Locations of seven satellite-GPS tracked Swallow-tailed Kites on 18 Feb 2016.

Now in Colombia, MIA has widened the gap and is about 600 miles ahead of the other kites and is approaching the Andes. The mountain range is a treacherous obstacle Swallow-tailed Kites must pass over twice each year on their northbound and southbound migrations.

Bullfrog, Lacombe, Pace, Gulf Hammock, and Strong River have slowed and are using an area within 130 miles of one another along the border between northeastern Peru and Brazil. This equatorial climate zone is moving into the wettest and hottest time of the year.

Trailing by 650 miles is Palmetto, still in the state of Rondonia, Brazil.

Don't forget to submit your sightings and photos to our database! We haven't received any Swallow-tailed Kite sightings for 2016 yet. Will you be our first? 

Report sightings here: Swallow-tailed Kite sightings


Thank you to Subaru of Gainesville for sponsoring the Swallow-tailed Kite migration blog! Want to be a part of the Swallow-tailed Kite migration story?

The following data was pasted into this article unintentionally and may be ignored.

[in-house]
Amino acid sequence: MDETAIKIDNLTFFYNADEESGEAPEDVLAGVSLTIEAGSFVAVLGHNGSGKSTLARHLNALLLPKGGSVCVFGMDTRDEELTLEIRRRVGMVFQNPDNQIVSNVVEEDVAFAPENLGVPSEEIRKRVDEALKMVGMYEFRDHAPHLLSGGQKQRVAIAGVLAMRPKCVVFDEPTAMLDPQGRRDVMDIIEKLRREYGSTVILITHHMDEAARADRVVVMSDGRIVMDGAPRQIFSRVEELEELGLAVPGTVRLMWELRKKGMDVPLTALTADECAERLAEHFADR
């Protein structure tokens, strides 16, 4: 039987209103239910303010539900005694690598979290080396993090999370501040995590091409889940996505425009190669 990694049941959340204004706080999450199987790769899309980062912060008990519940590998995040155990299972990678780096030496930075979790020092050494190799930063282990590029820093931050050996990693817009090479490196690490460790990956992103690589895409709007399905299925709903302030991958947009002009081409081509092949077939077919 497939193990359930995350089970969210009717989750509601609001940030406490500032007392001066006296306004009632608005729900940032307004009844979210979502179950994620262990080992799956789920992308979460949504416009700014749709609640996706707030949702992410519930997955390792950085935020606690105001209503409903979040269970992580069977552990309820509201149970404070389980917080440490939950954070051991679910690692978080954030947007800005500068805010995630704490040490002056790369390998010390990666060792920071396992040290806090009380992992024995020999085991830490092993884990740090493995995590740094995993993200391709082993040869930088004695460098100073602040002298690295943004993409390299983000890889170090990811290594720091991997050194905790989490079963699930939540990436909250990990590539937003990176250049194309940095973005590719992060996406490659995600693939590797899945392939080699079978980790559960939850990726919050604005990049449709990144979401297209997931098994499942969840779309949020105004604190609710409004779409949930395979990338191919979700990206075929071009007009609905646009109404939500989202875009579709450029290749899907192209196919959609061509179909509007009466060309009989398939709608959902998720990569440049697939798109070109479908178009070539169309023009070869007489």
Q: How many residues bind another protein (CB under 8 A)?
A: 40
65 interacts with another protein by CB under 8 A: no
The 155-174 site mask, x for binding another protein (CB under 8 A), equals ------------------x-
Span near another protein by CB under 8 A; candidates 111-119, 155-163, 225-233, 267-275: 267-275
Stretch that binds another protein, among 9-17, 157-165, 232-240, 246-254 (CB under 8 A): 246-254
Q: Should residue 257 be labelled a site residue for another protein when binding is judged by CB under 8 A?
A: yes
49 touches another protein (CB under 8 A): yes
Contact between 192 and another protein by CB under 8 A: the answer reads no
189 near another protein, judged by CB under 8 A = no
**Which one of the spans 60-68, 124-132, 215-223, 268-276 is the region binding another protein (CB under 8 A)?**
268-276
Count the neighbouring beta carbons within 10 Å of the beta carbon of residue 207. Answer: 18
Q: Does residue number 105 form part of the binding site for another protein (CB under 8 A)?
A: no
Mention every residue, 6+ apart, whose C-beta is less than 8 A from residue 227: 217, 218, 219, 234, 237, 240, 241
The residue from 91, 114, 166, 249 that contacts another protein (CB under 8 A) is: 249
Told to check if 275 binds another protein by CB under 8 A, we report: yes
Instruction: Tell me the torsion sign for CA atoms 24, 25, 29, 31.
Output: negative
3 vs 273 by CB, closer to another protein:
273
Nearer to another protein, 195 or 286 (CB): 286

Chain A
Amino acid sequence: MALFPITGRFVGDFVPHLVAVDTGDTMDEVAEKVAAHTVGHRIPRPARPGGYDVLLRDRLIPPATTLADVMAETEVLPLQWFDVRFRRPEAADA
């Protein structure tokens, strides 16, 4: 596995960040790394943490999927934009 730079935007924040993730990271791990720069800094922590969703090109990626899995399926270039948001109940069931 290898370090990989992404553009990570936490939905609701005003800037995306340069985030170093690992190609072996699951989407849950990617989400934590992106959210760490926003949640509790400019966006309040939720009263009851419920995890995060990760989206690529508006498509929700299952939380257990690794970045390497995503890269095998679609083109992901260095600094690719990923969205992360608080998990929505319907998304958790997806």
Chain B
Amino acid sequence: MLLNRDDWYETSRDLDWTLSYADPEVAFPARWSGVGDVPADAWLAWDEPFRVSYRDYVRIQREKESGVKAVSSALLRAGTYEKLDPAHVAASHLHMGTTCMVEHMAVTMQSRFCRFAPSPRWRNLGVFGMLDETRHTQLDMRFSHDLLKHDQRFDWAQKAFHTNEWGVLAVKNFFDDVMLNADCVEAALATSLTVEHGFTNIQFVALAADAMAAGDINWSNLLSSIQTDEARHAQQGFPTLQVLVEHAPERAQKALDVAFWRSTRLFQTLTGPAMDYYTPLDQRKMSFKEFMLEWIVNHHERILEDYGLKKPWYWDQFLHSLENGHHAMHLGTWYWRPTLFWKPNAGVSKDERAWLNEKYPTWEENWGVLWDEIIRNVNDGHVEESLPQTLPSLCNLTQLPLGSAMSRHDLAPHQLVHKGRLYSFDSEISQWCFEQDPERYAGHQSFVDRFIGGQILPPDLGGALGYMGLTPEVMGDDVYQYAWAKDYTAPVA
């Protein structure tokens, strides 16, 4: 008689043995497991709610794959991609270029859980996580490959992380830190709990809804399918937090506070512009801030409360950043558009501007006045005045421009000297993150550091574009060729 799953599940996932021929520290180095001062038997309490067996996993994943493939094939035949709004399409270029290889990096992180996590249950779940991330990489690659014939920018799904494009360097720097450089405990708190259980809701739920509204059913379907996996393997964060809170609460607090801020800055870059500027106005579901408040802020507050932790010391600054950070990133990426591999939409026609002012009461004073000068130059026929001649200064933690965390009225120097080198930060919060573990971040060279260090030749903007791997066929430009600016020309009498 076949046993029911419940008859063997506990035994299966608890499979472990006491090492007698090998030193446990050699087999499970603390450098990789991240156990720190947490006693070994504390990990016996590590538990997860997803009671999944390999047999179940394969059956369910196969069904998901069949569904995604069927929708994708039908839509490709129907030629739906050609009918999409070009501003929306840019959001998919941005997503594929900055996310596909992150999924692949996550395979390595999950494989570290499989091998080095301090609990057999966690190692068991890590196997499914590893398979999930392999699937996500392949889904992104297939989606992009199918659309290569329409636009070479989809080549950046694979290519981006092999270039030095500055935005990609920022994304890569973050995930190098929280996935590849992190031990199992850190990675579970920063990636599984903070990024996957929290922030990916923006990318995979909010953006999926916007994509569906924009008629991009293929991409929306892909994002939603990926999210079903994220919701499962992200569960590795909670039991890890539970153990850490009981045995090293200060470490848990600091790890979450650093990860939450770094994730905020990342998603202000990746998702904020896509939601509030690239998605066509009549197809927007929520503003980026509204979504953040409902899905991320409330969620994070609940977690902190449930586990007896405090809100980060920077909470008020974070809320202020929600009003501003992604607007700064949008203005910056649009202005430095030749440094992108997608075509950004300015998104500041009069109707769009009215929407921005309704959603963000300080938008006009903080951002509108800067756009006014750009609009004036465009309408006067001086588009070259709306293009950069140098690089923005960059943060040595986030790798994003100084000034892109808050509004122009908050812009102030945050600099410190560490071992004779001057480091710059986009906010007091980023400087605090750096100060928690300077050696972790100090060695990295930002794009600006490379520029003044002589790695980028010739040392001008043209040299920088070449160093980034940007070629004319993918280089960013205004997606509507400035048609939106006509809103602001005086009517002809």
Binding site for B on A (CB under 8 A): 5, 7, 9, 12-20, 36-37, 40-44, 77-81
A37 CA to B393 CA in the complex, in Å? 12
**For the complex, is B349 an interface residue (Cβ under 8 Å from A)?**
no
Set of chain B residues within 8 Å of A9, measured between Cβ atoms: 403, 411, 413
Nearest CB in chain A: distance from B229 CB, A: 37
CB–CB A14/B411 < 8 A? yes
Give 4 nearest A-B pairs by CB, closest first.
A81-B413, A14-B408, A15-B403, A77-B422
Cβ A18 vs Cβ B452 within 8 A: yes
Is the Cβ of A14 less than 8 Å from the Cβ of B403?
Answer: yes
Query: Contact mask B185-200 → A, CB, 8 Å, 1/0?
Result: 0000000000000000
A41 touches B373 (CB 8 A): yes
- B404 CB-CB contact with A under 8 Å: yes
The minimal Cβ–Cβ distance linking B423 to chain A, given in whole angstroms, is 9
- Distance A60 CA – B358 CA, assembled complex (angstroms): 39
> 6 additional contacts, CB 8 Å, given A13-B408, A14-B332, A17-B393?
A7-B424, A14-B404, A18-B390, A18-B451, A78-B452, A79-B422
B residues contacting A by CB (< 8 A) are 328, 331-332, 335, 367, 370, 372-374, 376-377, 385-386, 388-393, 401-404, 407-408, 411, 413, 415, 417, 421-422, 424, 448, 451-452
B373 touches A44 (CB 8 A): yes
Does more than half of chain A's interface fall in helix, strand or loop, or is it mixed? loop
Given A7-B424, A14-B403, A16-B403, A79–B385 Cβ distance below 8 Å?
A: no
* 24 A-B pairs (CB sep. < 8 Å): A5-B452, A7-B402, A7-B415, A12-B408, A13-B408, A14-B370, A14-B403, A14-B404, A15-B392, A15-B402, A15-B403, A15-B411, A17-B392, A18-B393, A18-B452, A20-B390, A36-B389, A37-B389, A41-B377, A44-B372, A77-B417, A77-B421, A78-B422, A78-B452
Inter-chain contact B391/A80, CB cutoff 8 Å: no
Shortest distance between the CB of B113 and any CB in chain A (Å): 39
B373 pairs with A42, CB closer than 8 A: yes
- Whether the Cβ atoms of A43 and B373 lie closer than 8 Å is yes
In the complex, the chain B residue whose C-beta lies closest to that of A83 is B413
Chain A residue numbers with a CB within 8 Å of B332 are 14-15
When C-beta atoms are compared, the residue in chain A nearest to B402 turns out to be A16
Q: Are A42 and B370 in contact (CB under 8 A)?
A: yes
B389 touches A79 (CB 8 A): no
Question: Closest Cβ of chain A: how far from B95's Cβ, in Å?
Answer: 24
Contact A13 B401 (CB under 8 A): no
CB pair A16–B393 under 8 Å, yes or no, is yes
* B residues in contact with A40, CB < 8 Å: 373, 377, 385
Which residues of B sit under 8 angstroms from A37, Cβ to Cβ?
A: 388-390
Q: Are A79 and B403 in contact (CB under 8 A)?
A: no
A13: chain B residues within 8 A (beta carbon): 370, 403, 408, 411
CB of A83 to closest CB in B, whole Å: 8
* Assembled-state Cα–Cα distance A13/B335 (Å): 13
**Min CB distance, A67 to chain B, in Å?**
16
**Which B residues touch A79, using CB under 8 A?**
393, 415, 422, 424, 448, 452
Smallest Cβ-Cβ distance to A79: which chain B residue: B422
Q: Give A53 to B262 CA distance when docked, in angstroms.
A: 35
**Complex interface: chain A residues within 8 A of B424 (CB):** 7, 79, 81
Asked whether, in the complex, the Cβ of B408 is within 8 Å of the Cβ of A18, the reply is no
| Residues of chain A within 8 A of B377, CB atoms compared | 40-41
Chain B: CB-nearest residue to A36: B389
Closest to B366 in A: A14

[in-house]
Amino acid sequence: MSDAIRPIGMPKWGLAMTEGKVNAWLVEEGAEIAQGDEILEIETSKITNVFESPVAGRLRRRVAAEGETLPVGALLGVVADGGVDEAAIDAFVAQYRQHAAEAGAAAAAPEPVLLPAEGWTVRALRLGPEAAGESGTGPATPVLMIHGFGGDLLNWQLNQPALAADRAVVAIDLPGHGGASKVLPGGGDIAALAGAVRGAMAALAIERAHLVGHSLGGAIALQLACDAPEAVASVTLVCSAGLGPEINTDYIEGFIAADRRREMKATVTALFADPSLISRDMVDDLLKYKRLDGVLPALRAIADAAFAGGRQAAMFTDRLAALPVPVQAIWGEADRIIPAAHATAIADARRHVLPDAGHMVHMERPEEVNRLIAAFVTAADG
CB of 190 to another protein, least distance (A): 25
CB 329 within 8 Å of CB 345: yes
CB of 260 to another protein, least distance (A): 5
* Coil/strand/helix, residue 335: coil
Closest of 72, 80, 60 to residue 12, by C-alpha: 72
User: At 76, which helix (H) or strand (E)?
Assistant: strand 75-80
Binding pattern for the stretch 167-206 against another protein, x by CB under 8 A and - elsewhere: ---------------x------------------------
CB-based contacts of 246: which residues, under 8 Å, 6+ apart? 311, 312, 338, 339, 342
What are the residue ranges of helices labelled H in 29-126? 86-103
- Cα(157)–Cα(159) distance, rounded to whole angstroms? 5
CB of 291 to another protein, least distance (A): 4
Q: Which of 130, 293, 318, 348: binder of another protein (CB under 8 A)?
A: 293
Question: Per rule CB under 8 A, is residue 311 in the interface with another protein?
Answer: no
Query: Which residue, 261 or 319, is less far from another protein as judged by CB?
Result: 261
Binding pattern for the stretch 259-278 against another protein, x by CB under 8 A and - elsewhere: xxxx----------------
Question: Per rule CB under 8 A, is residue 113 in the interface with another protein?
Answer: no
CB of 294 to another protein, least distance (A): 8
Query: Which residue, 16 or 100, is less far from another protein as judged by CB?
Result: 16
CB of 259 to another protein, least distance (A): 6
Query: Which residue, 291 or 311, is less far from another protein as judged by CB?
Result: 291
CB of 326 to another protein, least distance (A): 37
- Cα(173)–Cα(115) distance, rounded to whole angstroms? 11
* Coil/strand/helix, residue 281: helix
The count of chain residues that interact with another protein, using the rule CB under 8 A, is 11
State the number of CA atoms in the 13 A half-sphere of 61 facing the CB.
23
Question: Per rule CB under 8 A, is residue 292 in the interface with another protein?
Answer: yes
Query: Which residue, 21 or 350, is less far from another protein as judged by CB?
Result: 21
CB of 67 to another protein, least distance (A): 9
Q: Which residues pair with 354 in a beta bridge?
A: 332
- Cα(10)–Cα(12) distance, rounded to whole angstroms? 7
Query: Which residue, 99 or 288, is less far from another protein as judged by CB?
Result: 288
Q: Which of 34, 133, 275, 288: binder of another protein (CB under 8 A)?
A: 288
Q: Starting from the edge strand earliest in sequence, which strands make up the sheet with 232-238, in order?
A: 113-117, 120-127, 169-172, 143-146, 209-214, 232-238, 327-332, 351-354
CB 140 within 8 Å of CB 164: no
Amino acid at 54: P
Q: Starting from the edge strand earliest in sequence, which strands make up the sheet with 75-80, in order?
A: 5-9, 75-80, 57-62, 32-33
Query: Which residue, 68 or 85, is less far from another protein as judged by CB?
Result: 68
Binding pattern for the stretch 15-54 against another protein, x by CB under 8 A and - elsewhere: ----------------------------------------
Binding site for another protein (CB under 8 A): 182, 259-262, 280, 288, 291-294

Become a sponsor here: Blog sponsorship



Thursday, February 4, 2016

Finding Lift and Heading North

The first Swallow-tailed Kites have begun the 5,000-mile return journey from their South American winter ranges to their breeding grounds in the southeastern U.S. The kites have spent the last month on what is considered the world’s largest tropical wetland, the Pantanal. The floodplain ecosystem is characterized by seasonal wet and dry periods, and at this time in early February, the area is just coming out of the wettest, warmest month of the year. Wet, warm, and buggy. If you live in the southeastern U.S., must sound very familiar to you! In fact, the Swallow-tailed Kites’ South American home is much like their North American home, minus about 18 million humans.